Achraf Kassioui


Why is programming writing?

Is programming text-based for necessary reasons or contingent ones? What would another universal and expressive programming medium look like?

In its most general form, we program computers by writing text. Why writing? Why don’t we draw instead? Or maybe do some kind of dance with our hands and arms?

I’ll try to clarify this question in three steps: 1) we program by writing because programming is related to logic and reasoning, and logic and reasoning are associated with written language, 2) we program by writing because text-based interfaces are the historical interfaces used by computer programmers, and 3) programming uses whatever is the established way to express thoughts.

1. Language centric culture

Reasoning is done using language. Logic and mathematics are expressed with a written system of symbols. Therefore programming, which is about laying down logical processes, has to be done using language and a precise syntax.

2. Historical contingency of text-first user interfaces

Computers were first designed to input and output text. Before bitmap screens, displays were outputting characters in cells like a teletype printer would do. To this day, programming text editors work on a cell based grid. Even though code appears to be all text, the underlying cell grid is used by the programmer to organize code.

The visual layout of text isn’t innocent: the monospaced grid allows for predictable navigation, indentation helps the mind follow hierarchy, and different modules of the program are spatially separated. Text editors are visual editors where characters are the drawing primitives.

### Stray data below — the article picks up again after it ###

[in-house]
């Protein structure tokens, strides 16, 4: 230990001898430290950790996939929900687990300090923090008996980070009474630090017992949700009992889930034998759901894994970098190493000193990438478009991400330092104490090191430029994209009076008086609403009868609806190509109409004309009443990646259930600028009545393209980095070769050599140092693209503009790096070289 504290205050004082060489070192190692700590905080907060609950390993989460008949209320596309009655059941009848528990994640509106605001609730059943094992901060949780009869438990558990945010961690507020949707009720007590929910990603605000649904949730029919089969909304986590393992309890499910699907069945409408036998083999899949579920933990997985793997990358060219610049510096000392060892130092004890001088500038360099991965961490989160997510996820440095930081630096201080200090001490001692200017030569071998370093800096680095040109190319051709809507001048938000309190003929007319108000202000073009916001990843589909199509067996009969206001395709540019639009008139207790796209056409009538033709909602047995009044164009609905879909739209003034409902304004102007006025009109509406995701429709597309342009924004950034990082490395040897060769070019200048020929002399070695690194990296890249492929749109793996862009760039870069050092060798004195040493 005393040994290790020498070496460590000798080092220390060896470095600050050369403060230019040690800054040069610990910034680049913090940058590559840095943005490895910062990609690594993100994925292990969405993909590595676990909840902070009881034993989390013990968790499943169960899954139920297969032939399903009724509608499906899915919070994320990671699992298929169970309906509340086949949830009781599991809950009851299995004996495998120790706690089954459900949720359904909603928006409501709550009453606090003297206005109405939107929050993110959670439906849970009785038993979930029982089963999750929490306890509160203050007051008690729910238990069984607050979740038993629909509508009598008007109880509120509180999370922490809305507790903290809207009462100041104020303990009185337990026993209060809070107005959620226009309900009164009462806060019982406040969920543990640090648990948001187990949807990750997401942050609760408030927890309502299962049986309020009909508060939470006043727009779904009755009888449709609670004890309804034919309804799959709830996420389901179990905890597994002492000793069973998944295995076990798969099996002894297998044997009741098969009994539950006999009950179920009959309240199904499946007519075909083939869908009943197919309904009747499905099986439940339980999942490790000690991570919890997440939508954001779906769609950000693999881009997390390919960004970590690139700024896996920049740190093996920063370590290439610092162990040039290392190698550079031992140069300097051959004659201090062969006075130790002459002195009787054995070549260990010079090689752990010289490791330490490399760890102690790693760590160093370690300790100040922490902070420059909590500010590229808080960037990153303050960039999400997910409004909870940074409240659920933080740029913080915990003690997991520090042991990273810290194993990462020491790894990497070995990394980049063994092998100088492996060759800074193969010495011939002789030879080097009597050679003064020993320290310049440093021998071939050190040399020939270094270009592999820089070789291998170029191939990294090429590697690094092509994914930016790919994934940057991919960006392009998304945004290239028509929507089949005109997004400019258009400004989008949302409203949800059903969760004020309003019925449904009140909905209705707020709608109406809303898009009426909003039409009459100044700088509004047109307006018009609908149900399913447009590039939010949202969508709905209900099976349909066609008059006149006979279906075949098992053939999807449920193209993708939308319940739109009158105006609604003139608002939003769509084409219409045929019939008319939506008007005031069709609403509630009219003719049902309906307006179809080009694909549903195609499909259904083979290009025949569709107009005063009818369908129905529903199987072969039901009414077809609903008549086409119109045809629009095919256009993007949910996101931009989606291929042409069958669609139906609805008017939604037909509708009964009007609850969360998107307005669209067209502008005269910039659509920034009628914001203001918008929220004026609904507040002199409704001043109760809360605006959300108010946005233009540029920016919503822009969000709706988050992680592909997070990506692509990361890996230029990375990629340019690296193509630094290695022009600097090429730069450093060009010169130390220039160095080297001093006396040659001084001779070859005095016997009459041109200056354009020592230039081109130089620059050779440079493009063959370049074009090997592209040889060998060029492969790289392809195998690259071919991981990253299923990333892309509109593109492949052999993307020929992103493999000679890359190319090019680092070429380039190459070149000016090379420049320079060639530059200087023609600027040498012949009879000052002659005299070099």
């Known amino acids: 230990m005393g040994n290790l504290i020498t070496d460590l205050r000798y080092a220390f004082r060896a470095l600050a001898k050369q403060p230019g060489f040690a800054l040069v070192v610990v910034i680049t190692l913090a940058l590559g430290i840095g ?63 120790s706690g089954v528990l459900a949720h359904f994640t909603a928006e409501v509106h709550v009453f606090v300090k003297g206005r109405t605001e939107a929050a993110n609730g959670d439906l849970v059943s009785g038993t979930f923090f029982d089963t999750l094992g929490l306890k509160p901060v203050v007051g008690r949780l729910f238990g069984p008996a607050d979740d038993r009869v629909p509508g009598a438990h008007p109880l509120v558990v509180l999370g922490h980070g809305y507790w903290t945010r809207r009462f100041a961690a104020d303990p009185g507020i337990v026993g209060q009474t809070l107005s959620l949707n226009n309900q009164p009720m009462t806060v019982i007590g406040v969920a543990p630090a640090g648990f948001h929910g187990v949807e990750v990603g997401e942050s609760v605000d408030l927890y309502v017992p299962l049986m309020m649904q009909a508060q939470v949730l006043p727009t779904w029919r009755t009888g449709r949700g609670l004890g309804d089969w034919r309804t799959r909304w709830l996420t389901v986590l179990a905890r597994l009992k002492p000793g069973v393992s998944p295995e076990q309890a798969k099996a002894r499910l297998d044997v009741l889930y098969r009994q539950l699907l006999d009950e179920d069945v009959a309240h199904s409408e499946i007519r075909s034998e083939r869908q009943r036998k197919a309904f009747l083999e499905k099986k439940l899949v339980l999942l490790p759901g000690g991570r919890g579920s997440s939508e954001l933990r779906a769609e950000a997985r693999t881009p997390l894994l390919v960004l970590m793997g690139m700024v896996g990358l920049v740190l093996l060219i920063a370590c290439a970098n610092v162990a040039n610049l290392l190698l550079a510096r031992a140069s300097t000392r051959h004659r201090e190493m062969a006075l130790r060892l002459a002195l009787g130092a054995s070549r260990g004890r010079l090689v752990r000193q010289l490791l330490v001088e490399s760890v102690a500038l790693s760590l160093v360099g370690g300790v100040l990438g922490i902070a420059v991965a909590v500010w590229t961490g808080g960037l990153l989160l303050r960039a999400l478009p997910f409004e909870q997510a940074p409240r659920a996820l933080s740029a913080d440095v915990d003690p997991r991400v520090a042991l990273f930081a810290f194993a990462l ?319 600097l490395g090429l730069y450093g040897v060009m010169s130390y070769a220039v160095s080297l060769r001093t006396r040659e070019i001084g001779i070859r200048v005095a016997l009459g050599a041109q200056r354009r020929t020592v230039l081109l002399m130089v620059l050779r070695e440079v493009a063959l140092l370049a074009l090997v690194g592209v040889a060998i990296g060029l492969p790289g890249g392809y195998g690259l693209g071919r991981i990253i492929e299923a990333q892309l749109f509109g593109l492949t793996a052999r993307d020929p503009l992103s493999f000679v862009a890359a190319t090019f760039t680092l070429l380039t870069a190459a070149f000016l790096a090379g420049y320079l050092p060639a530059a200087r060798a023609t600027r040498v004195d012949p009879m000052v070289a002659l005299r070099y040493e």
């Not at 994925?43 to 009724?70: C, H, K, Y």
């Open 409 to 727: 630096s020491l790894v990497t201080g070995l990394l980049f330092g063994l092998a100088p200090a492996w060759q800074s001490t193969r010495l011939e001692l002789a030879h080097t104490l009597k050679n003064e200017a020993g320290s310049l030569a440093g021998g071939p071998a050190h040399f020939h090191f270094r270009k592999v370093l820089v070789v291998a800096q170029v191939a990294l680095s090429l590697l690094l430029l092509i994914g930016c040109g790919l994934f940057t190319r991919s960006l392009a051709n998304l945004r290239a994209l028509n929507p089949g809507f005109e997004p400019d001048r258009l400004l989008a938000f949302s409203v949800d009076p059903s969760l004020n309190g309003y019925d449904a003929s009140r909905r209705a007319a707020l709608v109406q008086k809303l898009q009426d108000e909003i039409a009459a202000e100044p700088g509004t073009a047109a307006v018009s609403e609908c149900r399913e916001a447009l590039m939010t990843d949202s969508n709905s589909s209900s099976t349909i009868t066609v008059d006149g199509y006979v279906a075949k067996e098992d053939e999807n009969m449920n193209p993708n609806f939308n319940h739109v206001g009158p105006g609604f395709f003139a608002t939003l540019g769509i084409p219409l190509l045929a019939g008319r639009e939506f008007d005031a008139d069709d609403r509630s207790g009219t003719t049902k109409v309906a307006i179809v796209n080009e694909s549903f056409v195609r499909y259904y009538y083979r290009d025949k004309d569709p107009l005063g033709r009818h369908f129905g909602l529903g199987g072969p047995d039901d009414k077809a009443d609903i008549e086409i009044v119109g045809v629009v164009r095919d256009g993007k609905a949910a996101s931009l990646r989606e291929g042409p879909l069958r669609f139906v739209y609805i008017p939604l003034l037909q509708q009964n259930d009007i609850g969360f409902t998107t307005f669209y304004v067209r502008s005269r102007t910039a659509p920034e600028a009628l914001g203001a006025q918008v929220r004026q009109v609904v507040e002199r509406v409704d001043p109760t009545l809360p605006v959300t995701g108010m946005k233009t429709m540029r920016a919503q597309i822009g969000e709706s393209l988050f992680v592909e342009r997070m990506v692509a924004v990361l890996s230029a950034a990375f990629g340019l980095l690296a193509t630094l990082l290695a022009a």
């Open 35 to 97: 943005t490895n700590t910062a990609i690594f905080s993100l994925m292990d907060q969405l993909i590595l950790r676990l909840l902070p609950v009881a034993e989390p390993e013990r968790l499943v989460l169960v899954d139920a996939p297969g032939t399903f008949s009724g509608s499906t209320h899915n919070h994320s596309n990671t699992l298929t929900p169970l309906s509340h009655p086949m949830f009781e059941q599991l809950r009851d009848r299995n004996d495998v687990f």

Text input has also been refined along the way: did you notice how the caret in a text editor does not move trivially when you use the arrow keys? Input hardware and text editors have implemented many details to interface with text efficiently: go to end of line, go to end of word, go to end of page, and so on.

Therefore programming uses the most familiar way to interface with a computer that has been transmitted amongst generations of insiders.

3. Programming uses the established way of expressing thoughts

In our culture, written language is the established way to express and communicate thoughts and relations between things. Writing consists of combining symbols to express these relations. Literacy is the basis of our education. So programmers use what the education system taught them to use to express thoughts.

Counter-point 1: many programmers are good at expressing relations with a programming language, but are not particularly good at expressing thoughts with prose and natural language.

Counter-point 2: most of the relations that are expressed with a programming language aren’t in the written symbols. Instead, 1) they are “in” the programmer’s mind, who performs a mental gymnastic to tie up the atomic symbols, and 2) ultimately these relations are what the computer does, i.e. an evolution of physical states that unfolds across time.

Opinion: saying that programming languages are like any human language is probably the most misleading description of programming.

Question: how would you teach programming to a person who doesn’t read and write?

One could argue that if our civilization had come up with another universal way to express thoughts and relations, programming would’ve used that way. Or programming could grow to become that way, yet to be defined.